But it's not failure to uphold "ownership" that causes a crash. It's use-after-free, double-free, or even logic errors. Ownership is a technique (enforced by Rust's borrow checker) that ensures you meet the dynamic requirements of the system, not the requirement in and of itself. It's in that way that ownership is a "fiction;" the actual dynamic model of the code has no care about whether you follow the ownership "pattern" or not, just that you meet these more simple requirements.
But we've derailed this thread more than enough already
Empowering is the perfect word to describe Rust in 2020. What used to be a rough adventure with many pitfalls has turned into something beautiful, something that can lift your spirit. At least, that’s what it did for me.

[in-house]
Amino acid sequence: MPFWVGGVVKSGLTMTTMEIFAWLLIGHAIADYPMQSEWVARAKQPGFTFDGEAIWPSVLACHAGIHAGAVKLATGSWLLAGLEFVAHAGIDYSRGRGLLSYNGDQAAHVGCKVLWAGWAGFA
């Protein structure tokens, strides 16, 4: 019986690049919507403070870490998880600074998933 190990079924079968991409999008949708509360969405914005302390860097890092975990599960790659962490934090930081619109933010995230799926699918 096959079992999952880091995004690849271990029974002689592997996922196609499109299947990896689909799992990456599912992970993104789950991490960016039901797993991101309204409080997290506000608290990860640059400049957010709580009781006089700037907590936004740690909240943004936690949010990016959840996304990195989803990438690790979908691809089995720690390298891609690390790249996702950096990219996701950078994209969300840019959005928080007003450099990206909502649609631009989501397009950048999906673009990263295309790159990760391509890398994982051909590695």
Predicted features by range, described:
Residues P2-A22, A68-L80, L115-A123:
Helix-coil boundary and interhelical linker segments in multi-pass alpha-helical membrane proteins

Mathias Lafeldt in Giving Rust Another Shot in 2020 | Mathias Lafeldt
The amount of careful thought I've seen put into [Rust's] design – crafting async/await to work in no_std environments, or the new inline assembly syntax – has produced a language that is not only better than what I could have designed, it's better among axes I was not even aware existed prior to reading the Rust RFCs.
-- First impressions of Rust
Whoop whoop, this feels like being knighted, and all the work totally paid off. Iteration after iteration after iteration, and it really was just Rust pushing me into doing "what's right", which also happens to be fast as a freebie.